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The Wyeths: An Artistic Trilogy
September 9 - November 26, 2006
Within the last twelve months, the Leigh Yawkey Woodson Art Museum scored a triumphant coup by acquiring three major paintings by three acknowledged masters of twentieth-century realism: N.C. Wyeth, Andrew Wyeth, and Jamie Wyeth.
In announcing the Wyeth acquisitions, Woodson director Kathy Kelsey Foley noted that although each of the Wyeths had a prominent place on the Museum's collection wish list, "We thought it highly improbable that we would ever have an opportunity to acquire a major artwork featuring birds by any one of them. To realize we have now turned our aspiration into a reality in less than one year is totally astounding. We are most grateful to the Nancy Woodson Spire Foundation for making these acquisitions possible."
N.C.'s Port Clyde (1928, oil on canvas), Andrew's Swifts (1991, watercolor on paper), and Jamie's Feeding Gulls (1999, mixed media on paper) form the core of The Wyeths: An Artistic Trilogy, on view through November 26 at the Woodson. Additional works by Andrew and Jamie round out the exhibition.
Though N.C. is best known for his illustrations that breathed life into more than one hundred works of fiction beginning with Treasure Island in 1911, his passion was painting the lush and painterly landscapes of the Maine coast. After discovering Port Clyde in 1910, Wyeth became totally smitten with the landscape, sounds of lapping water and singing birds, and the salt-laden air. After moving his family there in 1920, he joyously painted the beauty of his surroundings.
A feeling of solitude and peacefulness permeates the scenic coastal area of Maine depicted in Port Clyde. Although the water appears calm, you can "hear" the slight sound of waves gently breaking on the rocky shore as a skein of gulls approaches the foreground. Wyeth's palette of soothing aqua-blues, mauve, and turquoise intensifies the mood and expresses the artist's rapture.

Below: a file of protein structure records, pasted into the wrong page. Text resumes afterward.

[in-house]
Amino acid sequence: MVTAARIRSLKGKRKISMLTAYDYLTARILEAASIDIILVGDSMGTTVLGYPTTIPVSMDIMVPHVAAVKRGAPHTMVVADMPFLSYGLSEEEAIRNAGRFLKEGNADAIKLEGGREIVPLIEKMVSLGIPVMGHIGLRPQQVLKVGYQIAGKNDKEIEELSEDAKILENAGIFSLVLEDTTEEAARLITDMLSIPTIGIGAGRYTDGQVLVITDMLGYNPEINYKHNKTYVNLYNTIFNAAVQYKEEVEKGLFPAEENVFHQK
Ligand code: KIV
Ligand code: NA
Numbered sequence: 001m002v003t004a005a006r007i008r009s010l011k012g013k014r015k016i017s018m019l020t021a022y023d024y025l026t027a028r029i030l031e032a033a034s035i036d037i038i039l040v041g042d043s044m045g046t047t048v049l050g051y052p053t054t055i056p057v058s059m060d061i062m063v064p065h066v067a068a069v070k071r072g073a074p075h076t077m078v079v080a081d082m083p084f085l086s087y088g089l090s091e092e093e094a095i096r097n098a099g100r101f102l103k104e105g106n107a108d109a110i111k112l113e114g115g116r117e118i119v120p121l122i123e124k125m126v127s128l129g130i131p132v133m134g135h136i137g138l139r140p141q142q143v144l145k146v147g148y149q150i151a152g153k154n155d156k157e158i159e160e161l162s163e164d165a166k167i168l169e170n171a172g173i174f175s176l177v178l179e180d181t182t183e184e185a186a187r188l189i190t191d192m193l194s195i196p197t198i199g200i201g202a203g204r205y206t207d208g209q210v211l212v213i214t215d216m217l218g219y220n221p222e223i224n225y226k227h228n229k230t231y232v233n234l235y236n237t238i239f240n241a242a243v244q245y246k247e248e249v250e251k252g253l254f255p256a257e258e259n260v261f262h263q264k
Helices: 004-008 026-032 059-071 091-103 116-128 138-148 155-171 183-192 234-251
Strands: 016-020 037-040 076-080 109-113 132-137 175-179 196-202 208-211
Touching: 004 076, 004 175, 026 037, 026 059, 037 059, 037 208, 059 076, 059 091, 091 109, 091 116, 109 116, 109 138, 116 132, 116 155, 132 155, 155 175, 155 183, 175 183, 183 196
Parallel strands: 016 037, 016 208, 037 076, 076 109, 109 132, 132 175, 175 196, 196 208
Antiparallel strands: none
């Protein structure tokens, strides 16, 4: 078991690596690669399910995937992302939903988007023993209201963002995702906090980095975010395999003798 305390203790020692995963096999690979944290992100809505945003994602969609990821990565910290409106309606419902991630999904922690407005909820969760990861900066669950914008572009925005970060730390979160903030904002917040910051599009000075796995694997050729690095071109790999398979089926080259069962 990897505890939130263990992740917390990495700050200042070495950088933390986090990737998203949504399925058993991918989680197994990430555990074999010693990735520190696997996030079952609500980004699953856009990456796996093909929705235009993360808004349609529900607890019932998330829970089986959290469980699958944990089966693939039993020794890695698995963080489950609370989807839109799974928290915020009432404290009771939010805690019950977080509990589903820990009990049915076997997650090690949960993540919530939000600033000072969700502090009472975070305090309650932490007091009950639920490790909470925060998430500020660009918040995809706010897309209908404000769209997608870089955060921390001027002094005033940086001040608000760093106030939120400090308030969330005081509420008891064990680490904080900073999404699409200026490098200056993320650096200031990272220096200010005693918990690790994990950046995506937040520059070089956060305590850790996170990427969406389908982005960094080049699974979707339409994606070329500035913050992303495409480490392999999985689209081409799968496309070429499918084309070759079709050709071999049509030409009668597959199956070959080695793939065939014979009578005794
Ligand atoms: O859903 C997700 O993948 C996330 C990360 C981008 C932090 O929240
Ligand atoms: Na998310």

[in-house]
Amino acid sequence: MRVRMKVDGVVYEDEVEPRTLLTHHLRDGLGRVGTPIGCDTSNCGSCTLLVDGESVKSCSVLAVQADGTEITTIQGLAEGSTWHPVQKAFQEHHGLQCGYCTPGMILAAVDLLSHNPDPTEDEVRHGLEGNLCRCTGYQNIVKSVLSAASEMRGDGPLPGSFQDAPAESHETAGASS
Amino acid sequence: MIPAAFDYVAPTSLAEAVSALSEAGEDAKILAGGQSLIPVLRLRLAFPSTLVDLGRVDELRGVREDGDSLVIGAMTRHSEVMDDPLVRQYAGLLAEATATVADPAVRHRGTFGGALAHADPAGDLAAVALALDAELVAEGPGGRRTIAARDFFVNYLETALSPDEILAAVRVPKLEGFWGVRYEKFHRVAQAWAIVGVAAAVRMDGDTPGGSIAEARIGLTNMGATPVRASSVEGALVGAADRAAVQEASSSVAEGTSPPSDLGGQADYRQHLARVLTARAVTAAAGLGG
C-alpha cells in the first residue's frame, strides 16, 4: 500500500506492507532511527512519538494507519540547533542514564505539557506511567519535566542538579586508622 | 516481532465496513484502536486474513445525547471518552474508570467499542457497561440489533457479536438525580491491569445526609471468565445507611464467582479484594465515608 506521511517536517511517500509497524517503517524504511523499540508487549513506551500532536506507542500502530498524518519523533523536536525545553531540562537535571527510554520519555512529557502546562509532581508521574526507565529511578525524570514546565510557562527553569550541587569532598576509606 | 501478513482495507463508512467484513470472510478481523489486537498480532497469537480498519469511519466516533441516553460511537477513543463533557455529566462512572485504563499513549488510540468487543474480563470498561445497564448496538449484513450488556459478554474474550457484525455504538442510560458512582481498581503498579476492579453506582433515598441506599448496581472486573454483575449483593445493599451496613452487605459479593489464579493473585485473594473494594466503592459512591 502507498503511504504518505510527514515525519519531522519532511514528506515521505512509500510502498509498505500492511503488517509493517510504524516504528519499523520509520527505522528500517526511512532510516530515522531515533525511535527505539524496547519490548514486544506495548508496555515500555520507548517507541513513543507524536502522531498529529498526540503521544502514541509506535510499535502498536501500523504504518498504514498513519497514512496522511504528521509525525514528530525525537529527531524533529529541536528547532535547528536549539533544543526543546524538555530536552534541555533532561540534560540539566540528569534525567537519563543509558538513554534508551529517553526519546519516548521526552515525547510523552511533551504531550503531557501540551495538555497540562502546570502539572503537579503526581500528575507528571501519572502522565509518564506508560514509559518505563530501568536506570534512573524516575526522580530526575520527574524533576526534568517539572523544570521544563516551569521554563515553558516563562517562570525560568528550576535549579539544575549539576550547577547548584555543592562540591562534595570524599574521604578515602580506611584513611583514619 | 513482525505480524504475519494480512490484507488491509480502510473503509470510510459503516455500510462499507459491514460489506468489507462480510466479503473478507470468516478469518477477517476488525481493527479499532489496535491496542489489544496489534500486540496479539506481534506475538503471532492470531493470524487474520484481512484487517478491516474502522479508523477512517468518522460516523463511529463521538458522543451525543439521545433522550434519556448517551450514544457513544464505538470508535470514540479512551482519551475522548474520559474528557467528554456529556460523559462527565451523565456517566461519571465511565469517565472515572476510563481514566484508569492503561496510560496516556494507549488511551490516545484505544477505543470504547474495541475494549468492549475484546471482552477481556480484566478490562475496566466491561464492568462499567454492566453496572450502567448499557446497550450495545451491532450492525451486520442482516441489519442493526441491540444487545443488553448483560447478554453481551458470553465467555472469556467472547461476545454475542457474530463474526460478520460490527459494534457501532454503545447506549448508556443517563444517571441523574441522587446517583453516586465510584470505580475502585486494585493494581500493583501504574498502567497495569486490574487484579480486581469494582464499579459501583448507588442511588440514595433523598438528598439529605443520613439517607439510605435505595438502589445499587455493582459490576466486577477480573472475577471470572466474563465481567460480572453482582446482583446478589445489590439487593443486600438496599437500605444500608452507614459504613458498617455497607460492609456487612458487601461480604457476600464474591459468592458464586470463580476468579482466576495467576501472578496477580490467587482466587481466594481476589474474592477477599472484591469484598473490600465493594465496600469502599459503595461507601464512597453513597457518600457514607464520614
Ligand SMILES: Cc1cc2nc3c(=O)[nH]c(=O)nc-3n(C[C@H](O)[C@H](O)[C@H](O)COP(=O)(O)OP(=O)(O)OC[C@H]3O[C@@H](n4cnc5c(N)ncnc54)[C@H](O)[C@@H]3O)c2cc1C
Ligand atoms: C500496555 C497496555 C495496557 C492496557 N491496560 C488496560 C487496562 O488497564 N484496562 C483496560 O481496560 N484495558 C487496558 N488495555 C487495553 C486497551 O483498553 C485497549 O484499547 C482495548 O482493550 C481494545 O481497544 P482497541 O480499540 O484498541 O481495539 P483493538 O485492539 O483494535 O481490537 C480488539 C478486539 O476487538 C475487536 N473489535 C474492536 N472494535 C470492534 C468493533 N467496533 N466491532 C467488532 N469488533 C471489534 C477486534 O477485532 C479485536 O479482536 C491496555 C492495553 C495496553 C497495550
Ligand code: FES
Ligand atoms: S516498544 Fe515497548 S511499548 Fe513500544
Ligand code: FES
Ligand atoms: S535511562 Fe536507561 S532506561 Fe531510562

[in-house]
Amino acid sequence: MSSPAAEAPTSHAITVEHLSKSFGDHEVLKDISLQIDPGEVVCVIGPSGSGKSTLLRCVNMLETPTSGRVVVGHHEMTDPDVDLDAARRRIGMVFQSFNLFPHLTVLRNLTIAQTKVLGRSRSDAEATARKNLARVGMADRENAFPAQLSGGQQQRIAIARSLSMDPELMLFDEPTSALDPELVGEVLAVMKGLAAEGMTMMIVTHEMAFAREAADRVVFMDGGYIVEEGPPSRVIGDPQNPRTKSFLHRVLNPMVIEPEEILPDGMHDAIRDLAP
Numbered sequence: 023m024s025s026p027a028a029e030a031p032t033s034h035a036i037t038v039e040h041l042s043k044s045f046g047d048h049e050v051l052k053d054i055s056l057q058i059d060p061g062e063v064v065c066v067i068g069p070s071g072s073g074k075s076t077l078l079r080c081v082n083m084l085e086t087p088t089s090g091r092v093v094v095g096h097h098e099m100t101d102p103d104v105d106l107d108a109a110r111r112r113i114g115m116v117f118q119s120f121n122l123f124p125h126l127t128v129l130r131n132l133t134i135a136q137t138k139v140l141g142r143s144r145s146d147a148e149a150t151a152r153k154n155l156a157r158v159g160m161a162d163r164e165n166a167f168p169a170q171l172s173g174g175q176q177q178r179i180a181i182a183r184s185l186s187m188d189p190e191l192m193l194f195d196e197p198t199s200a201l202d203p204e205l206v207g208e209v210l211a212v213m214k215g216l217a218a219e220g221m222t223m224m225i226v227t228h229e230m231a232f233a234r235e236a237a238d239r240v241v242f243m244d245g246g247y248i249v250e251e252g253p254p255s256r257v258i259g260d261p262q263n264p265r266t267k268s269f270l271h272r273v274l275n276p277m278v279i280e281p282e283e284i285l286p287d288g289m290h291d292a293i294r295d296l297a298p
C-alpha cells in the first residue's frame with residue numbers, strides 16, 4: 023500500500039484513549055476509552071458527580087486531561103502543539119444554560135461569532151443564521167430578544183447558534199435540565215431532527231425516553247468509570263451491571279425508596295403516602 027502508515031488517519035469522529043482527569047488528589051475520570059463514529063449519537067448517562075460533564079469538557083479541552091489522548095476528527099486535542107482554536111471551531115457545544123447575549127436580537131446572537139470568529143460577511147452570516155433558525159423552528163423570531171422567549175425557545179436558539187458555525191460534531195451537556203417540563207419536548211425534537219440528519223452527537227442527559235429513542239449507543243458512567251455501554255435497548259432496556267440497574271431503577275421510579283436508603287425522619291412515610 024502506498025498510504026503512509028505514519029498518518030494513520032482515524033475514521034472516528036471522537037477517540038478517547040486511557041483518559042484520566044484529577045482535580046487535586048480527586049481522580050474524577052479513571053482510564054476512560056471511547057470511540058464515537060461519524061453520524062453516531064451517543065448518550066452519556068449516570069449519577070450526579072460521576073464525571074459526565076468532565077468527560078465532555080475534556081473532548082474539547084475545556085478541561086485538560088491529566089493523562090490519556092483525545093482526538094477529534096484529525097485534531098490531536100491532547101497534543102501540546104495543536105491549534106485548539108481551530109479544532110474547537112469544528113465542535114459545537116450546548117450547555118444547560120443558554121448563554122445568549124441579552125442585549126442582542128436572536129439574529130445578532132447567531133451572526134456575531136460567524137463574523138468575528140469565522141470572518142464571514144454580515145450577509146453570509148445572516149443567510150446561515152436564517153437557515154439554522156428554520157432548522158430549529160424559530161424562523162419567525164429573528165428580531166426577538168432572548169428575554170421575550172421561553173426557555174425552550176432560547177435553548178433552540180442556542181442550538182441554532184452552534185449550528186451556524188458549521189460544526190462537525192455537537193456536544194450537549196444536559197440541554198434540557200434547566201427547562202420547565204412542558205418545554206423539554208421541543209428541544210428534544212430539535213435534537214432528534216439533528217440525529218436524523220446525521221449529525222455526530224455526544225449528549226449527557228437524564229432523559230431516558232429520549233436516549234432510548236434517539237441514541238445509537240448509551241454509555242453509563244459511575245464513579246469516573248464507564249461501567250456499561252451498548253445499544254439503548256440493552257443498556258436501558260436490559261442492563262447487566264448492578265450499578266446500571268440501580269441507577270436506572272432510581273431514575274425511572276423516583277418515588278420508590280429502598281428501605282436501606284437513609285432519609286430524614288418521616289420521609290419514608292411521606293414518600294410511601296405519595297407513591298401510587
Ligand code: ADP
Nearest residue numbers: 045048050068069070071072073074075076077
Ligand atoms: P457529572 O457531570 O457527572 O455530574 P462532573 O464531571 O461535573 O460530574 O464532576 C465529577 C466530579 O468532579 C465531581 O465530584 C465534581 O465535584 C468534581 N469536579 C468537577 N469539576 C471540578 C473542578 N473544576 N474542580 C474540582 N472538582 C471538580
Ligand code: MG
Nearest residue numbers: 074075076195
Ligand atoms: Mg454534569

Andrew Wyeth, son of N.C., is the most celebrated representational painter of the twentieth century. His paintings, watercolors, and drawings focus on the Brandywine Valley of Pennsylvania and Delaware, farm interiors and exteriors, stone buildings, and the stark landscapes and white clapboard houses typical of Maine. Swifts, with its distinct roof lines, earth-toned palette, and quick yet decisive brushwork, is quintessential Andrew Wyeth.
A fascination with birds has inspired Jamie Wyeth's artwork since the 1960s. Close to two hundred drawings and paintings feature barnyard chickens and roosters, cawing crows, and scavenging gulls, each defined by confident handling, vibrant coloration, and passion. The roiling water and frenzied food fest of Feeding Gulls exemplify Jamie's mastery and clearly position him on an equal footing in the Wyeth family triumvirate alongside his father and grandfather.
Looking ahead, the Woodson Art Museum's debut of its Wyeth acquisitions sets the stage for a summer 2007 focus on the entire Wyeth family of artists. From June 16 - August 26, 2007, the Woodson will present An American Story: The Wyeth Family Tradition, an exhibition organized by the Delaware Art Museum.
(above: N. C. Wyeth, Port Clyde, ca. 1928, oil on canvas)
(above: Andrew Wyeth, Swifts, 1991, watercolor on paper)
(above: Jamie Wyeth, Feeding Gulls, 1999, mixed media on paper)
Resource Library readers may also enjoy:
MSN Video ofers a 7m26s clip from the Today Show in which "NBC's Jamie Gangel talks with the famous, but reclusive American painter Andrew Wyeth about a retrospective of his work, his career, and his 'Helga' paintings.
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